Hunger and the budget

A classic example of the difficulties inherent in reducing the federal deficit and at the same time meeting basic human needs is once again shaping up for this session of Congress. Projections of the long-term federal deficit remain high, and some consensus has developed that such deficits will eventually abort economic recovery. Nonetheless, a number of new legislative proposals are being developed to expand the federal budget through expanding federal entitlement programs, particularly in the domestic food assistance area.

The recent polemics surrounding the food-aid debate is understandable, for it is a properly accepted tenet of civilized governments that some minimum standard of nutrition should be enjoyed by all members of the society. The ''hunger'' issue will not only be a major budget issue this year, but also an issue in the 1984 presidential and congressional campaigns.

The recent Presidential Task Force on Domestic Food Assistance left the door open for a protracted debate on this subject. It concluded that recent claims of widespread hunger can neither be positively refuted nor definitively proved. Once again, elected officials will be asked to weigh the costs of expanding public programs when the dimensions of the problem remain unclear.

It is clear that direct federal expenditures and surplus commodities for domestic food assistance programs have continued to grow, from $16.4 billion in the first year of the Reagan administration's term, to over $19.3 billion in 1983. This is the same period characterized by the news media and advocates as one of increasing hunger in America. Rhetoric to the contrary, federal food assistance expenditures have grown at an 8.5 percent annual rate between 1981 and 1983, a rate down from the rapid growth rates of the 1970s, which topped 25 percent a year. But those rates could hardly be sustained on arguments of program, nutrition, or economic efficiency. Changes to the programs as adopted by the Congress in 1980, 1981, and 1982 slowed their rate of growth, but did so by delaying certain cost-of-living updates, modifying and simplifying administrative procedures, and reducing or eliminating benefits for those with incomes above the poverty threshold. In fact, food aid to the poorest recipients did not decline and generally increased.

The task force report has identified some issues that should be addressed and Sen. Robert Dole and I will introduce to this session of Congress legislation that above all else recognizes the basic commitment of our rich nation to provide at least minimal food assistance to all needy people. The legislation tries to balance this goal with the competing objectives of limiting overall federal expenditures and thereby help prevent a future recession that may again precipitate another ''hunger'' crisis.

The legislation will increase food stamp benefits for the working poor, the elderly, and single-parent families. Further, it will provide incentives for state, local and community groups to provide commodity and food assistance to the needy who have chosen, for various reasons, not to participate in the numerous programs developed over the past decade. This latter group has always represented some of the most broken and hurt of our society, the ''twisted spirits,'' as Michael Harrington described them nearly 20 years ago.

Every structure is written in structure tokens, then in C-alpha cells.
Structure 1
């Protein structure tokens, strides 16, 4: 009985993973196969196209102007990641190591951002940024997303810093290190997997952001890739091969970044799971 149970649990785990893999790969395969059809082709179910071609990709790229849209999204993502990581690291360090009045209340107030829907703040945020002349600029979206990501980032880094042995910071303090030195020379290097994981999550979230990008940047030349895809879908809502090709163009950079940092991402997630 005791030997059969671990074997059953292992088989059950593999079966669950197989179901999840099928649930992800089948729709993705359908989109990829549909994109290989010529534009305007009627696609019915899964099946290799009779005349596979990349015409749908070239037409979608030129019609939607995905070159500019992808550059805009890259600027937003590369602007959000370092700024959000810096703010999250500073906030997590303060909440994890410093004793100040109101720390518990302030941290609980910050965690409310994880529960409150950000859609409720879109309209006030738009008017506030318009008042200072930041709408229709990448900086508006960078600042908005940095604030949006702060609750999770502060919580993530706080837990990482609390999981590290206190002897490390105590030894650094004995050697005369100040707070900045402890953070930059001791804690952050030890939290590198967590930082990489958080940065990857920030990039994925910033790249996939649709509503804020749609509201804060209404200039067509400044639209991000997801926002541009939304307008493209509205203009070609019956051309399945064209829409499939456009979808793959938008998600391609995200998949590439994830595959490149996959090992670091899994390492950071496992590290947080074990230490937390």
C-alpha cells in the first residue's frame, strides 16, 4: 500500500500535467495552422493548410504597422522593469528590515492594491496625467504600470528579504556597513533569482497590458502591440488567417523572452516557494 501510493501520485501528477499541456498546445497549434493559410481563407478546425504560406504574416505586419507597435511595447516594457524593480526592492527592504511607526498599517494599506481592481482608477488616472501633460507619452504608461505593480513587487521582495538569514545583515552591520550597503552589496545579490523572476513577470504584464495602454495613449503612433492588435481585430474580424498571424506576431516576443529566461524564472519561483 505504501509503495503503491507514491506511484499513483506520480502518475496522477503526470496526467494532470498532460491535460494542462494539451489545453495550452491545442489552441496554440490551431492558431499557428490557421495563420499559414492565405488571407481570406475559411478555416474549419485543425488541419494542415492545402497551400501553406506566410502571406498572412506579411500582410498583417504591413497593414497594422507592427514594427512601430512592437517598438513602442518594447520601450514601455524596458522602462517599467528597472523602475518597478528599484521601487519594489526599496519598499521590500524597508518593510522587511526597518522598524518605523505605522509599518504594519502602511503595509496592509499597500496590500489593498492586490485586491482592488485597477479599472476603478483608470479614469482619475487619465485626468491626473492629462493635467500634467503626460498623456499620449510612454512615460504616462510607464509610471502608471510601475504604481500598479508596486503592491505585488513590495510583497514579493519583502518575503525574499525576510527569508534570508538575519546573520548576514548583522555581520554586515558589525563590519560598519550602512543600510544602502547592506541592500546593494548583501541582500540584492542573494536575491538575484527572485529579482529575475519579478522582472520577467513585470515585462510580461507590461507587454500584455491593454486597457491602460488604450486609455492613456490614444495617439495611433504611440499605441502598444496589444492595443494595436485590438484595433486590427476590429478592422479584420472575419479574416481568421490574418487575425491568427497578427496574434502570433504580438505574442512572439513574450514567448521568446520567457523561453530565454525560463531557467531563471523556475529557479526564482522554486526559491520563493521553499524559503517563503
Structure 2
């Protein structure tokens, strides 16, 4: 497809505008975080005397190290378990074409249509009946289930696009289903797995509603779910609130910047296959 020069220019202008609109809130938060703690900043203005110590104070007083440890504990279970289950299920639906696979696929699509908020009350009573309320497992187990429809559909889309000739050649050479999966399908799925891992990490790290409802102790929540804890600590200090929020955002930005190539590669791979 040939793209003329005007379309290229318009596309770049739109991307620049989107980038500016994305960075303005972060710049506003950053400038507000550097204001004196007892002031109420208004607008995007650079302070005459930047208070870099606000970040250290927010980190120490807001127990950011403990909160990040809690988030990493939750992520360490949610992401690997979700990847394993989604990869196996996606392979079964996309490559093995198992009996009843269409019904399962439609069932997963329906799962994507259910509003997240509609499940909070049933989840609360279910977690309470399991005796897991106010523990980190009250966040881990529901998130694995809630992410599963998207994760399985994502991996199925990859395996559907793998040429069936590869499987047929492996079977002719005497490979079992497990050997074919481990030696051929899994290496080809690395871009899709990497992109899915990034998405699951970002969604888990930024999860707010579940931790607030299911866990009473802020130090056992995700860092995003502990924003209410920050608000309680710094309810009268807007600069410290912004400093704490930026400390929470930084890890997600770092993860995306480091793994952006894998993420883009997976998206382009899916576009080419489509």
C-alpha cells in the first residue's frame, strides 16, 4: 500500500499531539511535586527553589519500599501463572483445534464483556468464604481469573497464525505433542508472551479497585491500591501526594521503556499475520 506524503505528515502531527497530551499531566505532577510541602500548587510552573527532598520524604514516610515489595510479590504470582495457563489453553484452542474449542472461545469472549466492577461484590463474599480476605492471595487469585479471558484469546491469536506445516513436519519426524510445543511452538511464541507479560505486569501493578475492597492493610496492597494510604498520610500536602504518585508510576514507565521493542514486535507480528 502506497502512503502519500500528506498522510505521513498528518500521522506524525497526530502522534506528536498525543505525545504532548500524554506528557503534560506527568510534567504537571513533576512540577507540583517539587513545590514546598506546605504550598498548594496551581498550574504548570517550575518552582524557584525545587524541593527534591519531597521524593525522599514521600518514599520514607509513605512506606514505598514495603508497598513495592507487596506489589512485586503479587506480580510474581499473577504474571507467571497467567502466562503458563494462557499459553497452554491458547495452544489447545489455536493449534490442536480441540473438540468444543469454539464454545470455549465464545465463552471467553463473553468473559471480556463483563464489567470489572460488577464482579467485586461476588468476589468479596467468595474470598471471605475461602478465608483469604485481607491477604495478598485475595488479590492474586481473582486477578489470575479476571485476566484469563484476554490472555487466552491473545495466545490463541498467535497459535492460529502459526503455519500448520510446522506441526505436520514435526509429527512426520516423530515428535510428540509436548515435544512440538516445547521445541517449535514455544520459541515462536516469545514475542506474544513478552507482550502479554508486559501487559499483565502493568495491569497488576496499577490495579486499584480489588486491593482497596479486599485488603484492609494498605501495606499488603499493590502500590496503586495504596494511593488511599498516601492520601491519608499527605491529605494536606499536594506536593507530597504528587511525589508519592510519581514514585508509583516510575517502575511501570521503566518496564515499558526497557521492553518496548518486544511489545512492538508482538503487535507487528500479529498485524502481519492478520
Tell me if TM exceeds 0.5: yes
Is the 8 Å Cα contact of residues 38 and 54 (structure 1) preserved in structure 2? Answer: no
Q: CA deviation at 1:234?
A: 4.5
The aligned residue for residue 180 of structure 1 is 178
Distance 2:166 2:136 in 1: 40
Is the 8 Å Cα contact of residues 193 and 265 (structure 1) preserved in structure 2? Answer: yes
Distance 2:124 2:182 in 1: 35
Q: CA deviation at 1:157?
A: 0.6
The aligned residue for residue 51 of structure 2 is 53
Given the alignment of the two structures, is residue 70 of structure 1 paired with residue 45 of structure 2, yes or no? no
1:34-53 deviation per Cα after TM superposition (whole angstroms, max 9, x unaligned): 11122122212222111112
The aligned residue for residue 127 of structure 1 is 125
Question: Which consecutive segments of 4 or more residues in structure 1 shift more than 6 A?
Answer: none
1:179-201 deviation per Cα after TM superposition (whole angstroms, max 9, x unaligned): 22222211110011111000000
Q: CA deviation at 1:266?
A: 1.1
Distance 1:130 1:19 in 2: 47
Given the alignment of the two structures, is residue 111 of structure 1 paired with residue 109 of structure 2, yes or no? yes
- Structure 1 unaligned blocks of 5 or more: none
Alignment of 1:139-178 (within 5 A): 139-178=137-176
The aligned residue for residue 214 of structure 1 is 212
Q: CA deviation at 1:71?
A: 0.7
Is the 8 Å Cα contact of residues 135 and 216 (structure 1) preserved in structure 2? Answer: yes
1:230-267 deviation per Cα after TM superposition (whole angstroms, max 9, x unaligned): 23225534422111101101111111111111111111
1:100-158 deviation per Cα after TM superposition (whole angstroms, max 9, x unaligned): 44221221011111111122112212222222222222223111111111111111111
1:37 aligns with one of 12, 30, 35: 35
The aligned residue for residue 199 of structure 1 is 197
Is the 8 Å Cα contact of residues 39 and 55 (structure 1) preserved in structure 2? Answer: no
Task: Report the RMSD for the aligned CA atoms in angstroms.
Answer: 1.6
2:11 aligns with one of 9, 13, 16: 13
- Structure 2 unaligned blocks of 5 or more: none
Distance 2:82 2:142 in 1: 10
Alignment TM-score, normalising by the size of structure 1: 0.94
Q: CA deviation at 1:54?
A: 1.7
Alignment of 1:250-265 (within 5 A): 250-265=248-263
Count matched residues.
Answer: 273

The unfortunate truth remains that while governments may be able to better design programs to feed the hungry, the ''hunger'' problem is to a large extent the result of serious underlying social pathologies. Such serious problems are reflected in the increasing number of children found today in single female-headed households, 30 percent of whom live in poverty. It is also reflected in the too frequent number of isolated and lonely elderly people found living in our central cities and rural areas. It is reflected in the growing number of confused young veterans, drug and alcoholic patients, and the deplorable growth in the number of mental health patients now making their homes on the streets.

To address these people's hunger, fundamental changes in our moral commitments will be required, as well as self-examination of our own responsibilities to family, neighbors, and community. Governments may help, but they can only be a part of the solution.

In his latter years, Thomas Jefferson wrote his friend, and earlier enemy, John Adams, ''I hope we shall prove how much happier for man the Quaker policy is that the life of the feeder is better than that of the fighter . . . let this be our office.'' We obviously cannot remove ourselves from budget constraints and the often competing policy objectives that confront us today. But within the imprecise arena of balancing priorities we can heed Jefferson's call to look to our responsibility to provide food assistance to all needy Americans.

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